Theresa May praises ‘talent and experience’ of new Cabinet
Theresa May has said the “wealth of talent and experience” appointed to the new Tory cabinet will deliver a successful Brexit
Theresa May: Picture credit - Danny Lawson/PA Wire/PA Images
Theresa May has said the “wealth of talent and experience” appointed to the new Tory cabinet will deliver a successful Brexit and tackle key social issues.
In a shake-up which saw few major changes, the Prime Minister appointed Damian Green to first secretary of state - her effective second in command - and demoted Liz Truss from the justice brief, replacing her with former Commons Leader David Lidington.
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Michael Gove made a shock return to the fold as Environment Secretary after falling out of favour with the party leadership last year, while Chief Treasury Secretary David Gauke has been appointed Work and Pensions Secretary.
May said the appointments would provide “stability and certainty” and stressed the importance of Brexit talks, which are due to begin next week.
“At this important time for the country they need stability and certainty for the country and that’s what I’ve been doing today putting together a Cabinet that reflects the wealth of talent and experience from the Conservative party,” she told Sky News.
“A Cabinet that will get on with the job of government, that's about delivering a successful Brexit negotiations. And those negotiations start in a week's time.
“It’s also about ensuring we’re dealing with some of the social issues we’re seeing in our country, so tackling issues on mental health, ensuring we have proper technical education for young people, tackling the housing crisis – this is what my Cabinet and my government will be getting on with doing."
Asked whether she would remain in office for the duration of the five-year parliamentary term, May said: “I said during the election campaign if re-elected, I would serve a full term but what I’m doing now is getting on with the immediate job, and I think that’s important that’s what the public expect, they want to see government providing certainty and stability at what is a critical time for the country.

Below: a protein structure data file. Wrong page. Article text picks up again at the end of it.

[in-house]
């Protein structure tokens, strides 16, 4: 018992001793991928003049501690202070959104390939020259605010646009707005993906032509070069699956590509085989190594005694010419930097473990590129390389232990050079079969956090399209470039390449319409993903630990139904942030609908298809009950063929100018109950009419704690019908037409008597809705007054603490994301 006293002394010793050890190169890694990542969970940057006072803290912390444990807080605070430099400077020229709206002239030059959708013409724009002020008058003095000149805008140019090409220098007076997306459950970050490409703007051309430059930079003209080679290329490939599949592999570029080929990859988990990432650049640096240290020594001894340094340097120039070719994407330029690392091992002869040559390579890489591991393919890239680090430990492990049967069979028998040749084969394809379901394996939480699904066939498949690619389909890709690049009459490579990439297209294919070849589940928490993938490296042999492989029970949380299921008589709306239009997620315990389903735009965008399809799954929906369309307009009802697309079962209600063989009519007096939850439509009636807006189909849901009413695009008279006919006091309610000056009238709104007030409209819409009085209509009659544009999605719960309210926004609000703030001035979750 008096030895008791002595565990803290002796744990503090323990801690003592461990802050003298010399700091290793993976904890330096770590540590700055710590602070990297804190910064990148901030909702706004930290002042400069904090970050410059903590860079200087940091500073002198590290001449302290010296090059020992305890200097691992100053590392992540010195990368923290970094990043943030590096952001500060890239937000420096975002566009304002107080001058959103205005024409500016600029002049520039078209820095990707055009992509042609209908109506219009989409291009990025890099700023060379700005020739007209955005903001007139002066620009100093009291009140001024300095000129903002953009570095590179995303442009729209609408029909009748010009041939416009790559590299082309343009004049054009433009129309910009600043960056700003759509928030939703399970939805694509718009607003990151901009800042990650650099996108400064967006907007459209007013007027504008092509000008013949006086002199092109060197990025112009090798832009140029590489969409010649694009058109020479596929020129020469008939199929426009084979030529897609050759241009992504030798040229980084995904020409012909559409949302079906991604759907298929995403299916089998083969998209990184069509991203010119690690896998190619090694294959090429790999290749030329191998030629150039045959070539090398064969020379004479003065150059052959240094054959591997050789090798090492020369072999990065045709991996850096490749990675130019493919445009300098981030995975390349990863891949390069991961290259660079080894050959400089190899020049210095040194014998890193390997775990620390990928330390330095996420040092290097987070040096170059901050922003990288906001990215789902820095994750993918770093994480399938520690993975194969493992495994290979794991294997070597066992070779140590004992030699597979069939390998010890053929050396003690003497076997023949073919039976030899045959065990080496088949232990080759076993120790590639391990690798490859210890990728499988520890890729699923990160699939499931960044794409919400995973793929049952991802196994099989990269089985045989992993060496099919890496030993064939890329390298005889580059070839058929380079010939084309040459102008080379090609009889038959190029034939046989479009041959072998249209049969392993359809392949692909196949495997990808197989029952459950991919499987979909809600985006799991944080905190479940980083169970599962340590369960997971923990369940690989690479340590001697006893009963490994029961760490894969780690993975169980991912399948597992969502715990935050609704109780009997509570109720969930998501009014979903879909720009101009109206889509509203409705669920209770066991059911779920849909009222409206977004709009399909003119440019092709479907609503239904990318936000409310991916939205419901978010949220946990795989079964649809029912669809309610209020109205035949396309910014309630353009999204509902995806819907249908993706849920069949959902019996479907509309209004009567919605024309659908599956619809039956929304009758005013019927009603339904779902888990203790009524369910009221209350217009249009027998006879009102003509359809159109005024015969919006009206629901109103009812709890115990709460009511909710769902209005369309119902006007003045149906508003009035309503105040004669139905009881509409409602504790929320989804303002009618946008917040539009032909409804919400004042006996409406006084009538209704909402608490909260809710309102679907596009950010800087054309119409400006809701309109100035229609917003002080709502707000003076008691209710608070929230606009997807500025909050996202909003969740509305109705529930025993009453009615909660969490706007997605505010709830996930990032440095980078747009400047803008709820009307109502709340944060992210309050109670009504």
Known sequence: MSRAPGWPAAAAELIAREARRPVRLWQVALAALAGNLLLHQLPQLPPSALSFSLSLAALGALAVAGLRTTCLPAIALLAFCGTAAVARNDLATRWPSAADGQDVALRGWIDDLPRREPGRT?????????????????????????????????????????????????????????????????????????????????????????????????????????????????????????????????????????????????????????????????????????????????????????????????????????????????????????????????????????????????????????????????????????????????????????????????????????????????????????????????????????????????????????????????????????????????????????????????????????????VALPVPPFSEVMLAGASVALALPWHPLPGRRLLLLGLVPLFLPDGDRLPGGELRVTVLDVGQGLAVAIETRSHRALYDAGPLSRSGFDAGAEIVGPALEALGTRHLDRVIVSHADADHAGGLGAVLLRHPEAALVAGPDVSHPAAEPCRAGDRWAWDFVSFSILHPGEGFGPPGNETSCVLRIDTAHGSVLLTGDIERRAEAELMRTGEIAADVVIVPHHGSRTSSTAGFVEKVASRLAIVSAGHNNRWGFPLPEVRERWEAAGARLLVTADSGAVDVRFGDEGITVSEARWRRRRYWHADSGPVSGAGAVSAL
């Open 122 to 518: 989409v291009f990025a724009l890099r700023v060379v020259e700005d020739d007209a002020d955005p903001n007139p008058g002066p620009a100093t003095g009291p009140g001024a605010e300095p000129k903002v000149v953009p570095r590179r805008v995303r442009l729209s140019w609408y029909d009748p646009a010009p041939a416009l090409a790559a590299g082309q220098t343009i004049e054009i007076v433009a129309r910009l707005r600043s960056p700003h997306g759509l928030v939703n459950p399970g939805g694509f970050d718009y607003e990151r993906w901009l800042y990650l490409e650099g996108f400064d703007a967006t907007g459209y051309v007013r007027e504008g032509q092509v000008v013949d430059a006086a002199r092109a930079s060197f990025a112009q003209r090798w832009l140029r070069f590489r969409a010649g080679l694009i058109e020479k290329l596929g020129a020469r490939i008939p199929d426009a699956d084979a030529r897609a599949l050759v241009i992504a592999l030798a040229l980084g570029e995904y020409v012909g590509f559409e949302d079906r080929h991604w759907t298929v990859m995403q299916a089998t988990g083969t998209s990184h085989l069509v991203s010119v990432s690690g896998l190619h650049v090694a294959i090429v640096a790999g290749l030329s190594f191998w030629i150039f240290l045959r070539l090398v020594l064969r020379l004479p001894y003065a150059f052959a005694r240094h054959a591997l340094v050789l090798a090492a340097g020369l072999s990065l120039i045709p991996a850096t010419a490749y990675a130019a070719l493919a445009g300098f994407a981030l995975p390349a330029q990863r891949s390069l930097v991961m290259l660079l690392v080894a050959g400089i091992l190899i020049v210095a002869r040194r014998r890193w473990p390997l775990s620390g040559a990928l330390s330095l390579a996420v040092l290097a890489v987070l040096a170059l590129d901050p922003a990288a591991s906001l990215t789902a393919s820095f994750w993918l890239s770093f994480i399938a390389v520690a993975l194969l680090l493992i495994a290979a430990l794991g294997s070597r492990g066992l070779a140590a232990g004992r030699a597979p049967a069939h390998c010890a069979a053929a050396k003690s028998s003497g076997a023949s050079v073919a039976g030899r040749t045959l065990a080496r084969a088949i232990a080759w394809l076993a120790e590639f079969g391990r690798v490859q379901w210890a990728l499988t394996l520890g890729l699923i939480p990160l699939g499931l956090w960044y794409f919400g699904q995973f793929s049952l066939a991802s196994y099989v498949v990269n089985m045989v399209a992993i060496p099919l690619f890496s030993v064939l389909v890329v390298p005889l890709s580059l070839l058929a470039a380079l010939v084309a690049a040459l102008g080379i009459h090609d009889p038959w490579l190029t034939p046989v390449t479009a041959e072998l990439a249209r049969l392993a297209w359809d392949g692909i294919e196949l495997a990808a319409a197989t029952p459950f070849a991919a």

“The Brexit negotiations start in a week and we need to make a success of it, but there are other issues we need to address in our country, we’ve been listening to voters and that’s what we will be doing.”
The Prime Minister met backbenchers through the 1922 committee yesterday.
Appearing on the BBC's Sunday Politics programme, chair of the committee Graham Brady said: "There's no doubt that we need to see a much more open and inclusive approach within government and within parliament as well. That's not just a desirable outcome, it's an absolute necessity in these circumstances.
"Trying to make a hung parliament and a minority government works requires a much more inclusive approach and bringing people into the decision-making process."
Speaking in Edinburgh the First Minister will argue that, with immigration essential to maintaining Scotland’s population, “the case for a different approach here is, to my mind, overwhelming”
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